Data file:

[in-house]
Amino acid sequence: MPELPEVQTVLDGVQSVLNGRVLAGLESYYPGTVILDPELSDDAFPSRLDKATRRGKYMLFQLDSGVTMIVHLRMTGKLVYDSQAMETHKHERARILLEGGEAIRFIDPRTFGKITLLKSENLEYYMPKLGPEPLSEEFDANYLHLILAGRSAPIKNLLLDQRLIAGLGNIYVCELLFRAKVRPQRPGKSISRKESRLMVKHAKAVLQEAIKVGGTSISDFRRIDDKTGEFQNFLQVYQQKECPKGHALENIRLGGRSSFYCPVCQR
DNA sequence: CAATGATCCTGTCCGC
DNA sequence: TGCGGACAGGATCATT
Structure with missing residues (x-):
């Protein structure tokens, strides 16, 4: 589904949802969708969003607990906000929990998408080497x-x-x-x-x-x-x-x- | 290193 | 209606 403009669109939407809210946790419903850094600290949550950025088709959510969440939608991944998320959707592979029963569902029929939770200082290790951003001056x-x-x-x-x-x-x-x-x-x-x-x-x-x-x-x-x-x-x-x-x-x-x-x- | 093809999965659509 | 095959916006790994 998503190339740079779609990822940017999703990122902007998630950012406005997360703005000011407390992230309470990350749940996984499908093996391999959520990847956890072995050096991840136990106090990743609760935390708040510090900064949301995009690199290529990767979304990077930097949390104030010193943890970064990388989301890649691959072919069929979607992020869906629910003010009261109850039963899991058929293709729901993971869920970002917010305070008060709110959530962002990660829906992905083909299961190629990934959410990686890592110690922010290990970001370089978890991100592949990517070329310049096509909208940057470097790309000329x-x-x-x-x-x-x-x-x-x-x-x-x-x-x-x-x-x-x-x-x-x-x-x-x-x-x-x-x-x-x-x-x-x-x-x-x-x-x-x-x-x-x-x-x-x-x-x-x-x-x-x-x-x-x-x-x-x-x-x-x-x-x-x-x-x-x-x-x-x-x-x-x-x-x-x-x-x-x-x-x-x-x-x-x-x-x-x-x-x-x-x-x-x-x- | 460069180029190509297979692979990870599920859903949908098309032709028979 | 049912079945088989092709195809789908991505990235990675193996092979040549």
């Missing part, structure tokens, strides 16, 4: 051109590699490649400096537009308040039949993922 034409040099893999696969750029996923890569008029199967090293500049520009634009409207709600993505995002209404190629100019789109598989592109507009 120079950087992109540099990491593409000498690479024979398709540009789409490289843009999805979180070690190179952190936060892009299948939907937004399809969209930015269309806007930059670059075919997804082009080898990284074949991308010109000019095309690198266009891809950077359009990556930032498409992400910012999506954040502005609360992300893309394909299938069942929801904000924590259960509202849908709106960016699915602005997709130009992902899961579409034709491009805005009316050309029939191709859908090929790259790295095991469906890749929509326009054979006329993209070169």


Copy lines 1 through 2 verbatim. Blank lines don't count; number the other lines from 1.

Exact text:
[in-house]
Amino acid sequence: MPELPEVQTVLDGVQSVLNGRVLAGLESYYPGTVILDPELSDDAFPSRLDKATRRGKYMLFQLDSGVTMIVHLRMTGKLVYDSQAMETHKHERARILLEGGEAIRFIDPRTFGKITLLKSENLEYYMPKLGPEPLSEEFDANYLHLILAGRSAPIKNLLLDQRLIAGLGNIYVCELLFRAKVRPQRPGKSISRKESRLMVKHAKAVLQEAIKVGGTSISDFRRIDDKTGEFQNFLQVYQQKECPKGHALENIRLGGRSSFYCPVCQR